Receptor binding in bird flu

Enhanced human receptor binding by H5 haemagglutinins

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Virologists and public health officials share an interest in the mechanism of influenza virus cross-species transmission because of the potential of newly introduced viruses to cause pandemics. Analyses of naturally and experimentally transmitted viruses indicate roles for several gene products in the process of transmission and common among these are the two functions of the haemagglutinin glycoprotein (HA) required in the first stages of virus infection; receptor binding and membrane fusion (Herfst et al., 2012; Imai et al., 2012).

Following the first serious infections in 1997 in Hong Kong, which marked the beginning of a continuing pandemic threat, the HAs of avian H5N1 viruses have been investigated in detail and our recent paper adds to these studies. In it we describe the structural basis of the changes in receptor binding specificity observed in HAs of H5N1 isolates from Vietnam and Egypt which are now widespread internationally.

The viruses studied contain amino-acid substitutions in the receptor binding site by comparison with previously isolated viruses; Asn-186→Lys or Ser-227 →Asn combined with Gln197 →Arg in the case of the Vietnam HA and Ile-155 →Thr in the Egyptian HA. In addition the Egyptian HA has a deletion at position 133. The Vietnam viruses showed increased affinity for human receptors and decreased affinity for avian receptors; the Egyptian virus had increased affinity for human receptor but little change in affinity for avian receptor. Structurally the HA mutants of the Vietnam viruses are very similar to that of the previous wild-type virus and the complex formed with human receptor is indistinguishable. In contrast the bound avian receptor adopts a different conformation that may result in the decreased affinity observed. Again in contrast, the deletion in the  Egyptian HA changes the structure of the receptor binding site and together with the Ile-155 → Thr substitution creates a more polar environment in which bound water molecules mediate additional interactions with both human and avian receptors.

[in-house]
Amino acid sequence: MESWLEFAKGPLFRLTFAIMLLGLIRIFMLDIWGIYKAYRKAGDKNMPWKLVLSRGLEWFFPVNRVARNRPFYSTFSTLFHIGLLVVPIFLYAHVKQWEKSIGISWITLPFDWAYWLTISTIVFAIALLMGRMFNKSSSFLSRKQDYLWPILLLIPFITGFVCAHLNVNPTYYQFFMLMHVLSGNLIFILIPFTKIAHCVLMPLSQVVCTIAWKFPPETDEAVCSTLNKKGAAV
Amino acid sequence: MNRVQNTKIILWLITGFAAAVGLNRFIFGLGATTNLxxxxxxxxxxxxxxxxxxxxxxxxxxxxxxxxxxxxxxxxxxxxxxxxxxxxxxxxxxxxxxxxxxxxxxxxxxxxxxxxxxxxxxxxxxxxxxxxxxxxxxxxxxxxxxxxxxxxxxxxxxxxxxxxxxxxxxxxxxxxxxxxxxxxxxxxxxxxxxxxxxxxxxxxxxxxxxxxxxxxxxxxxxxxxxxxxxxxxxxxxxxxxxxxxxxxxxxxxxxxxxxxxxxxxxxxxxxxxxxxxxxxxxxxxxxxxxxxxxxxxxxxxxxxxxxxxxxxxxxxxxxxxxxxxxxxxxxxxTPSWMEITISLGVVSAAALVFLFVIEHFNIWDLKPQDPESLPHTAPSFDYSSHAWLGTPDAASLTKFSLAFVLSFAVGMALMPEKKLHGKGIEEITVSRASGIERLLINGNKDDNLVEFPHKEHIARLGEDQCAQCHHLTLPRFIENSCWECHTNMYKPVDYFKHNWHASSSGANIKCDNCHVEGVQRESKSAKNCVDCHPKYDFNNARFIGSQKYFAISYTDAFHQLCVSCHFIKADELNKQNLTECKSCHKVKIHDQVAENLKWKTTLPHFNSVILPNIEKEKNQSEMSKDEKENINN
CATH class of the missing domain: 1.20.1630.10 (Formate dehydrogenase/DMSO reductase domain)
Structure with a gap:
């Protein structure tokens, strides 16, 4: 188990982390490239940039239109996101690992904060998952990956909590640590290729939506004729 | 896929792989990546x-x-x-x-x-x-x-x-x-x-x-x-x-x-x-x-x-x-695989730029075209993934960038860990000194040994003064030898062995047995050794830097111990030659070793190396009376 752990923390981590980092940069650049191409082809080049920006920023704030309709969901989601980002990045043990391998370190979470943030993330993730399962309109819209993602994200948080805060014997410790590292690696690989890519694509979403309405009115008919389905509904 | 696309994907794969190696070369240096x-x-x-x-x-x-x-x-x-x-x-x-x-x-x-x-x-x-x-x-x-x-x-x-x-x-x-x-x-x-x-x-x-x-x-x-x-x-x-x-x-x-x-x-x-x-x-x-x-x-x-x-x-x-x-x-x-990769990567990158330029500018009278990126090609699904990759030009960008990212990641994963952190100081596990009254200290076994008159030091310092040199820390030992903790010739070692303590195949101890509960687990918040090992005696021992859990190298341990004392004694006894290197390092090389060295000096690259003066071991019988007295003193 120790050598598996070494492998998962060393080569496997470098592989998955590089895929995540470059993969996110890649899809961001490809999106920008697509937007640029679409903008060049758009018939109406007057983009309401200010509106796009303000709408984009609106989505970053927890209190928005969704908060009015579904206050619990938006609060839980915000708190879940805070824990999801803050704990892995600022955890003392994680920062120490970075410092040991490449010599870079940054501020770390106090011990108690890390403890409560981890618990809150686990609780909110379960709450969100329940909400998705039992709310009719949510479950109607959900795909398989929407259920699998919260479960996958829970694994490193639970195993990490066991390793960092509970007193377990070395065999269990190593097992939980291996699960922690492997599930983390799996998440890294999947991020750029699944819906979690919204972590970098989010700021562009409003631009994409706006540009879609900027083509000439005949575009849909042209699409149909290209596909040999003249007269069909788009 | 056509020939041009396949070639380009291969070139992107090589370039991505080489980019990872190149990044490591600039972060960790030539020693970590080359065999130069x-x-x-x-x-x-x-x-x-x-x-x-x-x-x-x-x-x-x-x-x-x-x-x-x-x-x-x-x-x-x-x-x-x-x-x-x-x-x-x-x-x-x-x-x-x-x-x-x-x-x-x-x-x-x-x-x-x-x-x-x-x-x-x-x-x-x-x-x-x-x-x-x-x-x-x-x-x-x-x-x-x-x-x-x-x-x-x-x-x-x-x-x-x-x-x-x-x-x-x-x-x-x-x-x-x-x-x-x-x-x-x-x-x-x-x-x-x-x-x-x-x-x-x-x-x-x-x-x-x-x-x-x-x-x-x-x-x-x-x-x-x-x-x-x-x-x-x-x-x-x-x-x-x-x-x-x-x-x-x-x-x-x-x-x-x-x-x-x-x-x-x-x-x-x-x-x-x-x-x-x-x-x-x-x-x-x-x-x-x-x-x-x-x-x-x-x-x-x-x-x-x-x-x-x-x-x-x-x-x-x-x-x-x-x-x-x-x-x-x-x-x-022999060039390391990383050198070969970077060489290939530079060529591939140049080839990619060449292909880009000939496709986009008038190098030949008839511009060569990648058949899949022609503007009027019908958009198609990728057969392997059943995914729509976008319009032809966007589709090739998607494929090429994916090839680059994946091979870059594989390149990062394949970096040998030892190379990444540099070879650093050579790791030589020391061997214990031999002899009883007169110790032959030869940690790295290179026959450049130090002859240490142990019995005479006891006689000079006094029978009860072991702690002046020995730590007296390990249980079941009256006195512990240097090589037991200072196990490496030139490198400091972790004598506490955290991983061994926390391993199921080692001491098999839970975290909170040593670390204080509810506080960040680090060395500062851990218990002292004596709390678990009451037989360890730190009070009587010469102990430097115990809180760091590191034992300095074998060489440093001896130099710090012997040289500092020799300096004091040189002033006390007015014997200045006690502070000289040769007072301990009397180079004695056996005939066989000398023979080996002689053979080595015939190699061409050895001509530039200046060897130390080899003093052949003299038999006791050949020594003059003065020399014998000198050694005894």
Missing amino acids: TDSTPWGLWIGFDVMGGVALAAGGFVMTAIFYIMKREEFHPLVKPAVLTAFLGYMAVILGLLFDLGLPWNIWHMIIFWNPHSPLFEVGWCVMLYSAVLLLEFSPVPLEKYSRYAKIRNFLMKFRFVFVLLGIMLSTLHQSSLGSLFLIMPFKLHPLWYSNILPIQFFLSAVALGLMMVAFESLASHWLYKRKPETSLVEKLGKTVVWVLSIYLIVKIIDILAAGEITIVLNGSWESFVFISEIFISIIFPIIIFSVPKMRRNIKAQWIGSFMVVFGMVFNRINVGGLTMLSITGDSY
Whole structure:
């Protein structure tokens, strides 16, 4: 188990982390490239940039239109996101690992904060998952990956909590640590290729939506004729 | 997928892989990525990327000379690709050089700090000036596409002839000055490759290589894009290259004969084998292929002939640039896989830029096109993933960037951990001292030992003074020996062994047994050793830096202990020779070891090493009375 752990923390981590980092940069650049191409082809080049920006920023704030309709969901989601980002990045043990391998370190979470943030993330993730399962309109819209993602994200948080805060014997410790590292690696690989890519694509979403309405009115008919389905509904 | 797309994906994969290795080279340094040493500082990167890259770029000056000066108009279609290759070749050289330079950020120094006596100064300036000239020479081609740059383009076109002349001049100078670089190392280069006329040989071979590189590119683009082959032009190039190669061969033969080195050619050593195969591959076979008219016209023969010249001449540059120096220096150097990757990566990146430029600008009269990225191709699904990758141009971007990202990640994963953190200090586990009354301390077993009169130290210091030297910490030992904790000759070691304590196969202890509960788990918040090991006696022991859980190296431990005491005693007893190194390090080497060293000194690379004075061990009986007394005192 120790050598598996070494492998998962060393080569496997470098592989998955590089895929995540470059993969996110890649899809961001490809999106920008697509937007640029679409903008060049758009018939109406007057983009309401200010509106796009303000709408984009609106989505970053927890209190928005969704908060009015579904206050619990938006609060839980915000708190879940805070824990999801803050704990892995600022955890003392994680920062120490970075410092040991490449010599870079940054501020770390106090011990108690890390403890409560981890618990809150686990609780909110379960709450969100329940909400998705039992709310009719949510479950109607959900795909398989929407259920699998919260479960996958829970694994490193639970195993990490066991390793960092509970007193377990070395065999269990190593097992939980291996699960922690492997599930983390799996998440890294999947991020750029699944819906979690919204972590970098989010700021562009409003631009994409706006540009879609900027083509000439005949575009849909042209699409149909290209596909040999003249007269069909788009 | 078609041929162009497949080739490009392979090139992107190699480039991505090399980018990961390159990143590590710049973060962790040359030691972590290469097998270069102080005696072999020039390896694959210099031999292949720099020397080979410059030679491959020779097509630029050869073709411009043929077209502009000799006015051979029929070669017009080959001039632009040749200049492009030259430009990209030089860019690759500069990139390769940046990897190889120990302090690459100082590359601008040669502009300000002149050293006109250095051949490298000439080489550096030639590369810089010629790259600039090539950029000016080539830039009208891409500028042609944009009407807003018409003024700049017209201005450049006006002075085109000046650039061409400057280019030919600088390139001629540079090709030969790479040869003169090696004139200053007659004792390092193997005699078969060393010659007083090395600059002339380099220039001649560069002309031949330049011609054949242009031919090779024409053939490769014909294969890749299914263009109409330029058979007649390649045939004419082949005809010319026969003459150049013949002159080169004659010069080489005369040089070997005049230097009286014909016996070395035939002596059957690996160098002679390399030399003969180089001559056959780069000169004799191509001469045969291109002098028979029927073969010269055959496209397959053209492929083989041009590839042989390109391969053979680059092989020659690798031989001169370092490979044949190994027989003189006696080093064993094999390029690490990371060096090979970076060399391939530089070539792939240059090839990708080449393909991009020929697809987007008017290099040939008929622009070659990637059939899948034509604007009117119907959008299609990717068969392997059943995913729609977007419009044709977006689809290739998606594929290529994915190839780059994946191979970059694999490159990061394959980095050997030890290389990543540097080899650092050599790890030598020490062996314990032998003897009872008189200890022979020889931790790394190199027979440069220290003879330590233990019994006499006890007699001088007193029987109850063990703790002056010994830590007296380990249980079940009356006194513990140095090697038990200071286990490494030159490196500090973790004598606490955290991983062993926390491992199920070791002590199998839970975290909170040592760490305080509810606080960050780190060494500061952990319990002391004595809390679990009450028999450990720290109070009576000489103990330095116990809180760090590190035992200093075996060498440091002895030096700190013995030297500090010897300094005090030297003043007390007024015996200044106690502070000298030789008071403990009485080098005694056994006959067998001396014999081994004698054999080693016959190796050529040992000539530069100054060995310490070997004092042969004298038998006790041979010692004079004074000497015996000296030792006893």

Our data indicate that mutations other than those observed in HAs of pandemic viruses or in experimentally selected mutant H5 viruses can influence receptor binding specificity. Unlike these transmissible viruses (Xiong et al., 2013), however, they retain a preference for avian receptors. Nevertheless, if their increased affinity for human receptors increases the possibility for human infection, they may serve as intermediates in the evolution of a virus that could transmit between humans.

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Structures and receptor binding characteristics of H5 HAs described in this study.

 

Introducing the authors

Xiaoli Xiong Haixia Xiao

Joint lead authors: Xiaoli Xiong; Haixia Xiao.

About the research

Enhanced human receptor binding by H5 haemagglutinins
Virology, Volume 456-457, May 2013, Pages 179-187
Xiaoli Xiong, Haixia Xiao, Stephen R. Martin, Peter J. Coombs, Junfeng Liu, Patrick J. Collins, Sebastien G. Vachieri, Philip A. Walker, Yi Pu Lin, John W. McCauley, Steven J. Gamblin, John J. Skehel

Read the full article on ScienceDirect.

References

Herfst, S., Schrauwen, E.J., Linster, M., Chutinimitkul, S., de Wit, E., Munster, V.J., Sorrell, E.M., Bestebroer, T.M., Burke, D.F., Smith, D.J., et al. (2012). Airborne transmission of influenza A/H5N1 virus between ferrets. Science 336, 1534-1541.
Imai, M., Watanabe, T., Hatta, M., Das, S.C., Ozawa, M., Shinya, K., Zhong, G., Hanson, A., Katsura, H., Watanabe, S., et al. (2012). Experimental adaptation of an influenza H5 HA confers respiratory droplet transmission to a reassortant H5 HA/H1N1 virus in ferrets. Nature 486, 420-428.
Xiong, X., Coombs, P.J., Martin, S.R., Liu, J., Xiao, H., McCauley, J.W., Locher, K., Walker, P.A., Collins, P.J., Kawaoka, Y., et al. (2013). Receptor binding by a ferret-transmissible H5 avian influenza virus. Nature 497, 392-396.

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